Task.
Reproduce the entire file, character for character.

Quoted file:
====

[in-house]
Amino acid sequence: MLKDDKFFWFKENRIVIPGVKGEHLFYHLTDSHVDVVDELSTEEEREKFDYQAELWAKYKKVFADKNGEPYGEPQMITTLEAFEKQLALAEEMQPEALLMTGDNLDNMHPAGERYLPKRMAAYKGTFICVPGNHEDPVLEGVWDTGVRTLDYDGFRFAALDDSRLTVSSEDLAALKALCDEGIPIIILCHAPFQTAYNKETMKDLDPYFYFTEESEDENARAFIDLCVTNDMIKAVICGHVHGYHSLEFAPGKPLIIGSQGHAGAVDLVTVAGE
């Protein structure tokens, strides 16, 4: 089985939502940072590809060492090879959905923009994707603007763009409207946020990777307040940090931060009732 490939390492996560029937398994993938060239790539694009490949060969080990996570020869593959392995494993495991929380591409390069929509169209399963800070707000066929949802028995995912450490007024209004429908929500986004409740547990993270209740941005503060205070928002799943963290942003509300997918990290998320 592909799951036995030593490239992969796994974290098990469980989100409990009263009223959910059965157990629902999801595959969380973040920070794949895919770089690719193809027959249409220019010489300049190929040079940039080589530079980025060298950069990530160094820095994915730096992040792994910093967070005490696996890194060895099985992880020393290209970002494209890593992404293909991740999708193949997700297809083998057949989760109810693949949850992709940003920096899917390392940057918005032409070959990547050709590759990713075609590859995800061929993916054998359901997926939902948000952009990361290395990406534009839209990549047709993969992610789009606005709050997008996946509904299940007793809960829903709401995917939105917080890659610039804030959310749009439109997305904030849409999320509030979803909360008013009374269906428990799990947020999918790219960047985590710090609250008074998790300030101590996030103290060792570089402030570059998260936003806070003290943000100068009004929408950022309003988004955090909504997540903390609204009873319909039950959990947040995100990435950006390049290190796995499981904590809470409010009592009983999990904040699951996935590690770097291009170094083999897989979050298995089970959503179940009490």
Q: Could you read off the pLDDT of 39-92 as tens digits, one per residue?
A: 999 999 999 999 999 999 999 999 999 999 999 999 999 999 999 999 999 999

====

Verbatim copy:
[in-house]
Amino acid sequence: MLKDDKFFWFKENRIVIPGVKGEHLFYHLTDSHVDVVDELSTEEEREKFDYQAELWAKYKKVFADKNGEPYGEPQMITTLEAFEKQLALAEEMQPEALLMTGDNLDNMHPAGERYLPKRMAAYKGTFICVPGNHEDPVLEGVWDTGVRTLDYDGFRFAALDDSRLTVSSEDLAALKALCDEGIPIIILCHAPFQTAYNKETMKDLDPYFYFTEESEDENARAFIDLCVTNDMIKAVICGHVHGYHSLEFAPGKPLIIGSQGHAGAVDLVTVAGE
């Protein structure tokens, strides 16, 4: 089985939502940072590809060492090879959905923009994707603007763009409207946020990777307040940090931060009732 490939390492996560029937398994993938060239790539694009490949060969080990996570020869593959392995494993495991929380591409390069929509169209399963800070707000066929949802028995995912450490007024209004429908929500986004409740547990993270209740941005503060205070928002799943963290942003509300997918990290998320 592909799951036995030593490239992969796994974290098990469980989100409990009263009223959910059965157990629902999801595959969380973040920070794949895919770089690719193809027959249409220019010489300049190929040079940039080589530079980025060298950069990530160094820095994915730096992040792994910093967070005490696996890194060895099985992880020393290209970002494209890593992404293909991740999708193949997700297809083998057949989760109810693949949850992709940003920096899917390392940057918005032409070959990547050709590759990713075609590859995800061929993916054998359901997926939902948000952009990361290395990406534009839209990549047709993969992610789009606005709050997008996946509904299940007793809960829903709401995917939105917080890659610039804030959310749009439109997305904030849409999320509030979803909360008013009374269906428990799990947020999918790219960047985590710090609250008074998790300030101590996030103290060792570089402030570059998260936003806070003290943000100068009004929408950022309003988004955090909504997540903390609204009873319909039950959990947040995100990435950006390049290190796995499981904590809470409010009592009983999990904040699951996935590690770097291009170094083999897989979050298995089970959503179940009490």
Q: Could you read off the pLDDT of 39-92 as tens digits, one per residue?
A: 999 999 999 999 999 999 999 999 999 999 999 999 999 999 999 999 999 999